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Bridenstine bill aims at zero tornado deaths by shifting research money
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Bridenstine bill aims at zero tornado deaths by shifting research money

Bridenstine bill aims at zero tornado deaths by shifting research money
Photo Credit: Russell Mills
Photos taken June 19 and 20, 2013 around the site of the school where seven young children died in a tornado a month earlier

Bridenstine bill aims at zero tornado deaths by shifting research money

Oklahoma Congressman Jim Bridenstine has a goal: Zero tornado deaths in the United States.

He has introduced a bill called the"Weather Forecasting Improvement Act," (HR2413) designed to shift research funding from climate change research to severe weather prediction research.

He emphasizes that the bill doesn't require any additional funding.

He says more than a dozen agencies current spend billions to research climate change and global warming, but only one agency researches storm prediction -- that is the National Oceanic and Atmospheric Administration (NOAA) and its child agency, the National Weather Service (NWS).

But NOAA, he says, actually spends about two-thirds of its research money on climate change, and Bridenstine says that needs to change.

His bill would direct NOAA to focus on better forecasting, with an eye to saving lives and protecting property.

He tells KRMG radar technology used by the military could be used to give as much as an hour's warning of a tornado, actually triggering that warning before the tornado forms.

The phased-array radar, according to Steve Piltz at the National Weather Service office in Tulsa, can completely map a storm system from the ground to its top in about 30 seconds, a process that takes about four and a half minutes using current technology.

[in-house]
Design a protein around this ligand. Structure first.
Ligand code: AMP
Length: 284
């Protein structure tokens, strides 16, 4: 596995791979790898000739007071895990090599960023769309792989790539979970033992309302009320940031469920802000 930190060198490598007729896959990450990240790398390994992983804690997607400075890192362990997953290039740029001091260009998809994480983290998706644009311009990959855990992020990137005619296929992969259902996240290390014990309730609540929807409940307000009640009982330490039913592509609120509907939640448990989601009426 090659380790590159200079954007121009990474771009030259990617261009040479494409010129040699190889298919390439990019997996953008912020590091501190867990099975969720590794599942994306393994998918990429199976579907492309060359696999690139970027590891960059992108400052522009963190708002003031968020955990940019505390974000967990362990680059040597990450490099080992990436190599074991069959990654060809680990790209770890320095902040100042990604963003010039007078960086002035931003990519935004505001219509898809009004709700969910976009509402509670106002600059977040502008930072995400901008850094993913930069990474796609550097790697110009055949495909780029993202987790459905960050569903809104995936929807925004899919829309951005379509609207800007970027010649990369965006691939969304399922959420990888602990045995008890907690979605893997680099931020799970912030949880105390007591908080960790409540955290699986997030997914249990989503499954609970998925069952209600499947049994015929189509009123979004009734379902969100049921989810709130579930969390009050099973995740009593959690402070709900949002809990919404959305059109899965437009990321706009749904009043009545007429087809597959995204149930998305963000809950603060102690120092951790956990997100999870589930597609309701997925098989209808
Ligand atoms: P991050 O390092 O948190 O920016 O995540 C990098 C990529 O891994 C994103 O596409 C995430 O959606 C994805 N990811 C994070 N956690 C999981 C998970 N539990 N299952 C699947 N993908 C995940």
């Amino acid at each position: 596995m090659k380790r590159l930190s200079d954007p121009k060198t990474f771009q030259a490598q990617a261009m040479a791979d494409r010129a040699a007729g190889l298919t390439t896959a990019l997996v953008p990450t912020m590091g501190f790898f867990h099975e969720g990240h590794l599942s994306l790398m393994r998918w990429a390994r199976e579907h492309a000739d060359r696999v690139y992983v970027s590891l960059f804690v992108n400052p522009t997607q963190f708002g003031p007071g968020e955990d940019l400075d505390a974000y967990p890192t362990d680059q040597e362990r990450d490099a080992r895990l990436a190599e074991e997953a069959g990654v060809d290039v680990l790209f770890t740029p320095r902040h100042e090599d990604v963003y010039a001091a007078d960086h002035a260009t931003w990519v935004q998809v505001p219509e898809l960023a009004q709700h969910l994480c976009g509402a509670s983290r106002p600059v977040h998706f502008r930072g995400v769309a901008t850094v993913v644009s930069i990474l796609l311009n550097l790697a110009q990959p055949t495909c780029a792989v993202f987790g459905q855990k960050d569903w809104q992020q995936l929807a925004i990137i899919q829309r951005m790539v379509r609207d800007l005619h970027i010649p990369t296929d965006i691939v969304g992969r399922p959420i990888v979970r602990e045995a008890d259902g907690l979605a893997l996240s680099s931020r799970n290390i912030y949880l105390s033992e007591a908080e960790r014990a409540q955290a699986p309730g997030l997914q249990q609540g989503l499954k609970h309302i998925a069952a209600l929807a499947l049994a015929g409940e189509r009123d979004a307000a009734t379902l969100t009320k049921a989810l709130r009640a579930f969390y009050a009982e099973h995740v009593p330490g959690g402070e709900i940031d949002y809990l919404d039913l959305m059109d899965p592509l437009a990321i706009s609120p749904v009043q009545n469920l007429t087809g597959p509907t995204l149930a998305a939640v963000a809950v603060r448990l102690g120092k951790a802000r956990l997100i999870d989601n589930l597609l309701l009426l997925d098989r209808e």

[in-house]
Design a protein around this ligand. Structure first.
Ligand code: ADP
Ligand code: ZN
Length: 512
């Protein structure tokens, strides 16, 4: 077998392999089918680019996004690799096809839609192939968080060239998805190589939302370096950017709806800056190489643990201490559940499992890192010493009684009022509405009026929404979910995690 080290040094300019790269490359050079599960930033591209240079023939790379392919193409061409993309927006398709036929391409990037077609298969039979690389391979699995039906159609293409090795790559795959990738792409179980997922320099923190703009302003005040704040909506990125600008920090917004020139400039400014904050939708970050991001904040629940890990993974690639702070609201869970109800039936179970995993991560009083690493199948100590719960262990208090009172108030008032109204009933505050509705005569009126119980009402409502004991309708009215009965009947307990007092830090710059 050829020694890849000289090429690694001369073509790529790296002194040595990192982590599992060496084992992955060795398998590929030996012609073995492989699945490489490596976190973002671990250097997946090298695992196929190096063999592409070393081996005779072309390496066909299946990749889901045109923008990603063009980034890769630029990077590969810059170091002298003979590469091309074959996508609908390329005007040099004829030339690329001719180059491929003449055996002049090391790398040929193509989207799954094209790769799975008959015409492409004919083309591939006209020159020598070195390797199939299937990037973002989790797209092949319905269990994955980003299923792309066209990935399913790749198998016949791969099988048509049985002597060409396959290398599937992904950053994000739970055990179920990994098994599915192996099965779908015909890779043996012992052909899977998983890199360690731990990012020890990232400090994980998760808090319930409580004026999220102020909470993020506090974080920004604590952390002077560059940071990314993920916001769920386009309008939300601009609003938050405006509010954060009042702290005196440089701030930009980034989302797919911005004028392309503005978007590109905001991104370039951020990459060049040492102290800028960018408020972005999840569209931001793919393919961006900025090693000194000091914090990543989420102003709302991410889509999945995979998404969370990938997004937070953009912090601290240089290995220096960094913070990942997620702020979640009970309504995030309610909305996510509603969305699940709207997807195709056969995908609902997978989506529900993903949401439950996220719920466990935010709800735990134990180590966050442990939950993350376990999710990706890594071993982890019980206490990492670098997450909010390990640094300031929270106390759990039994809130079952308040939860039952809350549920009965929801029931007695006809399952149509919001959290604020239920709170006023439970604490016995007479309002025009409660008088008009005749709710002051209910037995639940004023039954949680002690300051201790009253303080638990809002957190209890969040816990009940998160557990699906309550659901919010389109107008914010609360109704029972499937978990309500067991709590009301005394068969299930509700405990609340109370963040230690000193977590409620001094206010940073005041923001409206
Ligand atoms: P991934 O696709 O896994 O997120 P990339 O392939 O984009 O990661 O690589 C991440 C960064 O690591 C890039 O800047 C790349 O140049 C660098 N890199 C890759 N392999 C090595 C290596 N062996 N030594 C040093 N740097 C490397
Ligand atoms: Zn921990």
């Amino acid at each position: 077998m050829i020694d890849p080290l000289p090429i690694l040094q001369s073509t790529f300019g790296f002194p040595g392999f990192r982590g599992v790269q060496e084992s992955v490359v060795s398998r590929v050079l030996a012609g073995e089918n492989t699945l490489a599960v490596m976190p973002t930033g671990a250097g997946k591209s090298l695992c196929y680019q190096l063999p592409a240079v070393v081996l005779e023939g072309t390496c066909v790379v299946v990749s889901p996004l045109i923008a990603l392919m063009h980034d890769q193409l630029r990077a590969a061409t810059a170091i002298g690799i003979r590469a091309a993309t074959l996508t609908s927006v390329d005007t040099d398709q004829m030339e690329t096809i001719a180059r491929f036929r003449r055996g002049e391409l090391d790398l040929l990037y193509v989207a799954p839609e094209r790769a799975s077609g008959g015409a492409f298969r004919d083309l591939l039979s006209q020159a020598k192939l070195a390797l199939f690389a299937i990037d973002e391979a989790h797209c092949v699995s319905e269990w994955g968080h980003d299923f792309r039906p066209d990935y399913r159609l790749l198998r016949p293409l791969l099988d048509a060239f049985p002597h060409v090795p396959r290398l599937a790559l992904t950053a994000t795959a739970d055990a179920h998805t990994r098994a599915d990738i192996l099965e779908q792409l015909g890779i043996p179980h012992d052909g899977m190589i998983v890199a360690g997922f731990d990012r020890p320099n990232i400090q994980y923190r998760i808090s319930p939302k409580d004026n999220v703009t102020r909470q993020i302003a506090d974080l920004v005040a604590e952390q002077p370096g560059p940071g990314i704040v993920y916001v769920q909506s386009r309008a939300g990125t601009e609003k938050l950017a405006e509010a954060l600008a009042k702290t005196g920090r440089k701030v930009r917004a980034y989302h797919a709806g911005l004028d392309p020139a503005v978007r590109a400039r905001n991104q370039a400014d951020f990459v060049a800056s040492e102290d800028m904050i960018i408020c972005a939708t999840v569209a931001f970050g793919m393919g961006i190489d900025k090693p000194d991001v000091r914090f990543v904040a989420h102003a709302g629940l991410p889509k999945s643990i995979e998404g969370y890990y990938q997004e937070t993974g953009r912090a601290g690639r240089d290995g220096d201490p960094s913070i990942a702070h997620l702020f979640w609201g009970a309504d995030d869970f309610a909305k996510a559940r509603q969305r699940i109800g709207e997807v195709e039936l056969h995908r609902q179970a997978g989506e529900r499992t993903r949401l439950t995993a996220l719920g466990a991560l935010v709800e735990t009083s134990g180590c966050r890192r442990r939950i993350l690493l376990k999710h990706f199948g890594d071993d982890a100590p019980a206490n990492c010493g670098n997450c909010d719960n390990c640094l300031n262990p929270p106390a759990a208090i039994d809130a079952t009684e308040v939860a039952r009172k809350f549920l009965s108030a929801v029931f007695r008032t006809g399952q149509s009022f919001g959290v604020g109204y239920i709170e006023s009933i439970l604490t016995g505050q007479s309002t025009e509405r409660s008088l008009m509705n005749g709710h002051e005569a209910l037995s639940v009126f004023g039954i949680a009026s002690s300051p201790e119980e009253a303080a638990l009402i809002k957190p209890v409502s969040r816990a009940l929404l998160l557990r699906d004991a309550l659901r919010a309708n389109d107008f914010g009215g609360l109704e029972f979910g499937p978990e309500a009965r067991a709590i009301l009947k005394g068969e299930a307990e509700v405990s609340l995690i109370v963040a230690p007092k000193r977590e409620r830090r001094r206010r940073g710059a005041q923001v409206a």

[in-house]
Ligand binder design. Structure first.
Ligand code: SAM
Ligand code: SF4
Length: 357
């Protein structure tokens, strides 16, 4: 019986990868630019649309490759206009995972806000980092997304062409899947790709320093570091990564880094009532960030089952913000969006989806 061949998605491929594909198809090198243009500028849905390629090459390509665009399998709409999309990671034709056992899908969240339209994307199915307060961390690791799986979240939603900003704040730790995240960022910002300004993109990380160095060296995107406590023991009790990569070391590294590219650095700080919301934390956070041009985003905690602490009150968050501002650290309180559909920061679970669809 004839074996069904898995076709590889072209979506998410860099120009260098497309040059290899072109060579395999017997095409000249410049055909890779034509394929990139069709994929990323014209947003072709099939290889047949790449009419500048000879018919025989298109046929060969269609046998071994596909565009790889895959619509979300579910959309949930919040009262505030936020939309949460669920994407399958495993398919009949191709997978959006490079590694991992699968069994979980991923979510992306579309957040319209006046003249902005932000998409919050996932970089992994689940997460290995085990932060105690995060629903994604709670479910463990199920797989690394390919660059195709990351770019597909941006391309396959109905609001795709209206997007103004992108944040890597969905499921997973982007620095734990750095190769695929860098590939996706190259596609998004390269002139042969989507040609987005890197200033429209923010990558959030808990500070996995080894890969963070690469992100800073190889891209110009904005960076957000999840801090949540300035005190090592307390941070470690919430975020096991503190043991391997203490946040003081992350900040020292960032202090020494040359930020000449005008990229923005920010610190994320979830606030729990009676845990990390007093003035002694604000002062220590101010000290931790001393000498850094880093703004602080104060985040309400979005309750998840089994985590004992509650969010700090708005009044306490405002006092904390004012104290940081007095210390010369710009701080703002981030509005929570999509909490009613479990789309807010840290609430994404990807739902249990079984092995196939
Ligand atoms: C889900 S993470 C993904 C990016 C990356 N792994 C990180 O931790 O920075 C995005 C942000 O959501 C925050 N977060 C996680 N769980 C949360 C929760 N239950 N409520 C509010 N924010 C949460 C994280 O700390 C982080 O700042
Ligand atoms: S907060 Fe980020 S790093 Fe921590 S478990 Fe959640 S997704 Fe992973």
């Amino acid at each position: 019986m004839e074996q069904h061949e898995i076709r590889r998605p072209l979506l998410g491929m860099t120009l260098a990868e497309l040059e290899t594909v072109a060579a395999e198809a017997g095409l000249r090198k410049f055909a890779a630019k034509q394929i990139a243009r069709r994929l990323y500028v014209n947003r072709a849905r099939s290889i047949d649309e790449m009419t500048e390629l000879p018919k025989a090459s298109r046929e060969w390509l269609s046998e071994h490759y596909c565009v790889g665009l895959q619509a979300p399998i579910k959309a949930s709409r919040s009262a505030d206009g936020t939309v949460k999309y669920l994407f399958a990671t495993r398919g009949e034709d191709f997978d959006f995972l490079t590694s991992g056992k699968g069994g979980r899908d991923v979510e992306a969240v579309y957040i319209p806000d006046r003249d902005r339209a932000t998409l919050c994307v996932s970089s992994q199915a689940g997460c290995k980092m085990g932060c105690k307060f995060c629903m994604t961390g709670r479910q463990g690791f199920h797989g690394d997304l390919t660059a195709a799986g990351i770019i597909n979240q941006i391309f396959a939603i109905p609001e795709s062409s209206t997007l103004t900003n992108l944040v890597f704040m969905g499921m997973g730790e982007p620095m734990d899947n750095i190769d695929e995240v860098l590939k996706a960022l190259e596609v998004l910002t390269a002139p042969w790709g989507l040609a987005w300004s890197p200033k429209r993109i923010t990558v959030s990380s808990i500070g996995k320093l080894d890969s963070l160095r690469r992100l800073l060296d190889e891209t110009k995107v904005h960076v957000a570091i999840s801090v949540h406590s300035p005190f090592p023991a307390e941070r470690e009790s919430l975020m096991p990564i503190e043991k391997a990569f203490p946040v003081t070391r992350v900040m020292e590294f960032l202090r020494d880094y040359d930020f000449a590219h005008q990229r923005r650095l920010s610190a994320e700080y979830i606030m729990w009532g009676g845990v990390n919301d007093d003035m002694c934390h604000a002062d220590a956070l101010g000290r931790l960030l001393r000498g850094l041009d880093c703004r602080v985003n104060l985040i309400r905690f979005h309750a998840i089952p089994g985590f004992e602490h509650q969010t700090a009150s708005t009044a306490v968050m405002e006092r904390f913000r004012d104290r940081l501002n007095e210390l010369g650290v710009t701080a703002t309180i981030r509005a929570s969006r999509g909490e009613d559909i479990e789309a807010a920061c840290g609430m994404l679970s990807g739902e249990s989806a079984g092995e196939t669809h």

Piltz says more research is needed, and Bridenstine says his bill would ensure that NOAA's funding gets used for that and other life-saving research.

You can read the actual text of the bill here.

It made it out of a subcommittee and committee, and now moves to the House floor.

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  • A social media post about an Oklahoma City mom's amazing sacrifice is touching heartstrings everywhere. Royce and Keri Young discovered in the 2nd trimester of Keri’s pregnancy that their unborn baby daughter Eva had a rare condition that results in an incomplete brain and skull and would only live a few hours after she was born. But they announced on Facebook that Keri would carry the baby to term, so that Eva could be an organ donor. Keri wrote that even though Eva's life would be short, she would 'do more in her time on Earth than I ever will.' Eva was born and died on the same day, Monday, April 17th. You can read more about the Young family’s story here.
  • A woman died Sunday while she was trying to save her dogs after they were swept into a creek’s strong current.  Liudmilla Feldman, 58, and her husband were walking their dogs around 6:30 p.m. when the dogs went into the water. She went in to rescue them and a current dragged her under for about 90 seconds, according to KSTU. >> Read more trending news 'It doesn't take much to lose your balance and fall into this water and be swept down,” Unified police Lt. Dan McConkey told KSTU. 'This creek runs quick, (and) with the runoff it's starting to run really fast.' The Salt Lake City Emergency Management Office warned residents Monday to 'be extra cautious around creeks and rivers this time of year. Keep kids and pets well away from these very cold and swift waters,' according to the Salt Lake City Tribune. Witnesses pulled Feldman from the water and attempted CPR. She was pronounced dead at the scene. The dogs are expected to be OK.